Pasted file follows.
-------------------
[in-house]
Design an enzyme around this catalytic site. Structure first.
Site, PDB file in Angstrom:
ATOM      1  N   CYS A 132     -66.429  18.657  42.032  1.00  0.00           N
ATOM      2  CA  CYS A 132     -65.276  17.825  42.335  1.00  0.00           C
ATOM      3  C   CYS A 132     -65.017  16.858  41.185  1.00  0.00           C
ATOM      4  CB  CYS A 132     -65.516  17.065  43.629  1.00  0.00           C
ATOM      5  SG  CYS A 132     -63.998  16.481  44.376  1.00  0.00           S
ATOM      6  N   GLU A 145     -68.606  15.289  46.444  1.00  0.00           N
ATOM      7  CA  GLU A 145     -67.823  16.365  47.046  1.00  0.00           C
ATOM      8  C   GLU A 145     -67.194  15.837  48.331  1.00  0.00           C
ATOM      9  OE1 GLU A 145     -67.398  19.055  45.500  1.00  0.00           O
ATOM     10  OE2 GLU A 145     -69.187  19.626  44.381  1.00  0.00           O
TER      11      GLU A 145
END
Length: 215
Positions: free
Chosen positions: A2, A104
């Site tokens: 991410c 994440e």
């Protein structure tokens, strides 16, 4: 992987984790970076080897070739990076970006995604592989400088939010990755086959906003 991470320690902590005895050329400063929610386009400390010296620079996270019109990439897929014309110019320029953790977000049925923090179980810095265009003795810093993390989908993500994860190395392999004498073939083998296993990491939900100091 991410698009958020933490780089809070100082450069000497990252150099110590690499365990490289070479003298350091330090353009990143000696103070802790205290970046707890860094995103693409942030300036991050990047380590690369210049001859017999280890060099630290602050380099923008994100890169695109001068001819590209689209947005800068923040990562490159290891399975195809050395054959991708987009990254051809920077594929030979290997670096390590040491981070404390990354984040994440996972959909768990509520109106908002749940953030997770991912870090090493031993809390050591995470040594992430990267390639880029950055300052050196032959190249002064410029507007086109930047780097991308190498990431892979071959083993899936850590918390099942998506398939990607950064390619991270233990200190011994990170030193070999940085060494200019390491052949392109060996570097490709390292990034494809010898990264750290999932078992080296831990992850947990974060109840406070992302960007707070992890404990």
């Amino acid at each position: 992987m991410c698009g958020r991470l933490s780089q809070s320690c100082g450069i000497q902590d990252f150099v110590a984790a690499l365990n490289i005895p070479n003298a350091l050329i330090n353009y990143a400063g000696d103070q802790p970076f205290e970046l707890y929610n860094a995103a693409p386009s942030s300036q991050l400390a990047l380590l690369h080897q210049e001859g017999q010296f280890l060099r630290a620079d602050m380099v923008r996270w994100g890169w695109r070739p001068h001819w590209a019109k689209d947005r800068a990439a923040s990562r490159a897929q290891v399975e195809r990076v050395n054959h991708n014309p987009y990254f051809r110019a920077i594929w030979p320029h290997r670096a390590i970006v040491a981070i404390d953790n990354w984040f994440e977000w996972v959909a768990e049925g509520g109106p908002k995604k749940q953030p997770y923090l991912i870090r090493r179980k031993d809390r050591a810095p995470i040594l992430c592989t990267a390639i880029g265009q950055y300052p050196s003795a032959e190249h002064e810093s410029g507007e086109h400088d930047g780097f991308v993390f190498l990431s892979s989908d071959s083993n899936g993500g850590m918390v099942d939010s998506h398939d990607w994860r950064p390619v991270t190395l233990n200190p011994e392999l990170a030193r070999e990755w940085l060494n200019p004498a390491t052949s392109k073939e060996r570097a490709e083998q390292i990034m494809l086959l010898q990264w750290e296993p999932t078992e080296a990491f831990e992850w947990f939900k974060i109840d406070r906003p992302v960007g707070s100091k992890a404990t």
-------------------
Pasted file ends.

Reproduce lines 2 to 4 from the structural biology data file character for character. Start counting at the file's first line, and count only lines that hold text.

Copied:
Design an enzyme around this catalytic site. Structure first.
Site, PDB file in Angstrom:
ATOM      1  N   CYS A 132     -66.429  18.657  42.032  1.00  0.00           N